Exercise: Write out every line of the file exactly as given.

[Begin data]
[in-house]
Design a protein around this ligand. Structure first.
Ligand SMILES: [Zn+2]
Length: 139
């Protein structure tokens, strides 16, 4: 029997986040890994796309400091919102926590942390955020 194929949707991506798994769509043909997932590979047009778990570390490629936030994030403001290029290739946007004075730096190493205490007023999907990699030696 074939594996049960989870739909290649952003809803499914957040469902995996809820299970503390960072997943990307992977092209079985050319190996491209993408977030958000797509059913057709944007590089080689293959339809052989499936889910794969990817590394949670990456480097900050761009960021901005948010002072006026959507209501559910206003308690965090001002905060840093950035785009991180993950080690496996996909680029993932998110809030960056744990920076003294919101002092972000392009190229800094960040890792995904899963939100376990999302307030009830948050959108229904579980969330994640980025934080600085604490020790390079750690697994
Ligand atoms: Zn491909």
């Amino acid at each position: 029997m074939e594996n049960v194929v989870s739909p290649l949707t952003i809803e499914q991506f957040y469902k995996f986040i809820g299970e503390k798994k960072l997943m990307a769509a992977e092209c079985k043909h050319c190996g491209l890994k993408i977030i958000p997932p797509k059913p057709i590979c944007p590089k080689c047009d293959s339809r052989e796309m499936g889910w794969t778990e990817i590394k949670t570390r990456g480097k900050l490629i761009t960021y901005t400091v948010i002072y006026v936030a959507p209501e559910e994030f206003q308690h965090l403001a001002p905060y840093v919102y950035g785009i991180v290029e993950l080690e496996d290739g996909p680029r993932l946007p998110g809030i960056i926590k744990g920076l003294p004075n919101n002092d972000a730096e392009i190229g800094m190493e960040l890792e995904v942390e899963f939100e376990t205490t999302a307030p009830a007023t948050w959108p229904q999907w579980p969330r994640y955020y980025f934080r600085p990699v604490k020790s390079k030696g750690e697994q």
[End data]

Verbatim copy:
[in-house]
Design a protein around this ligand. Structure first.
Ligand SMILES: [Zn+2]
Length: 139
């Protein structure tokens, strides 16, 4: 029997986040890994796309400091919102926590942390955020 194929949707991506798994769509043909997932590979047009778990570390490629936030994030403001290029290739946007004075730096190493205490007023999907990699030696 074939594996049960989870739909290649952003809803499914957040469902995996809820299970503390960072997943990307992977092209079985050319190996491209993408977030958000797509059913057709944007590089080689293959339809052989499936889910794969990817590394949670990456480097900050761009960021901005948010002072006026959507209501559910206003308690965090001002905060840093950035785009991180993950080690496996996909680029993932998110809030960056744990920076003294919101002092972000392009190229800094960040890792995904899963939100376990999302307030009830948050959108229904579980969330994640980025934080600085604490020790390079750690697994
Ligand atoms: Zn491909």
């Amino acid at each position: 029997m074939e594996n049960v194929v989870s739909p290649l949707t952003i809803e499914q991506f957040y469902k995996f986040i809820g299970e503390k798994k960072l997943m990307a769509a992977e092209c079985k043909h050319c190996g491209l890994k993408i977030i958000p997932p797509k059913p057709i590979c944007p590089k080689c047009d293959s339809r052989e796309m499936g889910w794969t778990e990817i590394k949670t570390r990456g480097k900050l490629i761009t960021y901005t400091v948010i002072y006026v936030a959507p209501e559910e994030f206003q308690h965090l403001a001002p905060y840093v919102y950035g785009i991180v290029e993950l080690e496996d290739g996909p680029r993932l946007p998110g809030i960056i926590k744990g920076l003294p004075n919101n002092d972000a730096e392009i190229g800094m190493e960040l890792e995904v942390e899963f939100e376990t205490t999302a307030p009830a007023t948050w959108p229904q999907w579980p969330r994640y955020y980025f934080r600085p990699v604490k020790s390079k030696g750690e697994q």